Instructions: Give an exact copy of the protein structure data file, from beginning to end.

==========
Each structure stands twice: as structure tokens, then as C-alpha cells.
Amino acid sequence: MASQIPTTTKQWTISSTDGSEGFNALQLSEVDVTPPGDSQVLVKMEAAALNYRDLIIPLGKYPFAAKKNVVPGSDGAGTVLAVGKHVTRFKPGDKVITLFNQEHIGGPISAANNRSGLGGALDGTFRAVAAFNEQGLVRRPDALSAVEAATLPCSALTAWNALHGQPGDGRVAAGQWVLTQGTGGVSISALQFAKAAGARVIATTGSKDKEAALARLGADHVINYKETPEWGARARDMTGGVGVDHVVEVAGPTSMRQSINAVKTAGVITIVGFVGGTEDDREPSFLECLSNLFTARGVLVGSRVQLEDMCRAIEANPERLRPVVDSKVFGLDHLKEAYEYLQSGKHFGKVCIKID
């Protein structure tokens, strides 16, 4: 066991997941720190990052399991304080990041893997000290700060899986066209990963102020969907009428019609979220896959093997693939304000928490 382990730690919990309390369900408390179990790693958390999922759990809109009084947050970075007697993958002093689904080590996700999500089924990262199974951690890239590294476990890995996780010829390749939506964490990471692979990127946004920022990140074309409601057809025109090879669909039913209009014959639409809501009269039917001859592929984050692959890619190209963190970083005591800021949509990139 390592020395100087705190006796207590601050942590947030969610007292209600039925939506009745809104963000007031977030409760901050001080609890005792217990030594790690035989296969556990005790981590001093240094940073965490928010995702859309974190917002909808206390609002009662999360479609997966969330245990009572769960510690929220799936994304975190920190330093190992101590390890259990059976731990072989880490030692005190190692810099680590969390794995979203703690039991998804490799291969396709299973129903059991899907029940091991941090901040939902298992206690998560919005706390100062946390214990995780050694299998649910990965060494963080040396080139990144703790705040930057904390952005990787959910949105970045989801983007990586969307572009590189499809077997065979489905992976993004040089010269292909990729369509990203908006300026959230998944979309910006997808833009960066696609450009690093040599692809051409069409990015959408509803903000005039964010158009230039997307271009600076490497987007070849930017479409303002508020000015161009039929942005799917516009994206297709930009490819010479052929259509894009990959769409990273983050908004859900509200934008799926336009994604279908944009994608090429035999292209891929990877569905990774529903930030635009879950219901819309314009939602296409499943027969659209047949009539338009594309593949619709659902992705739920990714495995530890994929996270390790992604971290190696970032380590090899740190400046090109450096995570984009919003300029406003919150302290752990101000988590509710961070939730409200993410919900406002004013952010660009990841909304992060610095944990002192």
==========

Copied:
Each structure stands twice: as structure tokens, then as C-alpha cells.
Amino acid sequence: MASQIPTTTKQWTISSTDGSEGFNALQLSEVDVTPPGDSQVLVKMEAAALNYRDLIIPLGKYPFAAKKNVVPGSDGAGTVLAVGKHVTRFKPGDKVITLFNQEHIGGPISAANNRSGLGGALDGTFRAVAAFNEQGLVRRPDALSAVEAATLPCSALTAWNALHGQPGDGRVAAGQWVLTQGTGGVSISALQFAKAAGARVIATTGSKDKEAALARLGADHVINYKETPEWGARARDMTGGVGVDHVVEVAGPTSMRQSINAVKTAGVITIVGFVGGTEDDREPSFLECLSNLFTARGVLVGSRVQLEDMCRAIEANPERLRPVVDSKVFGLDHLKEAYEYLQSGKHFGKVCIKID
């Protein structure tokens, strides 16, 4: 066991997941720190990052399991304080990041893997000290700060899986066209990963102020969907009428019609979220896959093997693939304000928490 382990730690919990309390369900408390179990790693958390999922759990809109009084947050970075007697993958002093689904080590996700999500089924990262199974951690890239590294476990890995996780010829390749939506964490990471692979990127946004920022990140074309409601057809025109090879669909039913209009014959639409809501009269039917001859592929984050692959890619190209963190970083005591800021949509990139 390592020395100087705190006796207590601050942590947030969610007292209600039925939506009745809104963000007031977030409760901050001080609890005792217990030594790690035989296969556990005790981590001093240094940073965490928010995702859309974190917002909808206390609002009662999360479609997966969330245990009572769960510690929220799936994304975190920190330093190992101590390890259990059976731990072989880490030692005190190692810099680590969390794995979203703690039991998804490799291969396709299973129903059991899907029940091991941090901040939902298992206690998560919005706390100062946390214990995780050694299998649910990965060494963080040396080139990144703790705040930057904390952005990787959910949105970045989801983007990586969307572009590189499809077997065979489905992976993004040089010269292909990729369509990203908006300026959230998944979309910006997808833009960066696609450009690093040599692809051409069409990015959408509803903000005039964010158009230039997307271009600076490497987007070849930017479409303002508020000015161009039929942005799917516009994206297709930009490819010479052929259509894009990959769409990273983050908004859900509200934008799926336009994604279908944009994608090429035999292209891929990877569905990774529903930030635009879950219901819309314009939602296409499943027969659209047949009539338009594309593949619709659902992705739920990714495995530890994929996270390790992604971290190696970032380590090899740190400046090109450096995570984009919003300029406003919150302290752990101000988590509710961070939730409200993410919900406002004013952010660009990841909304992060610095944990002192």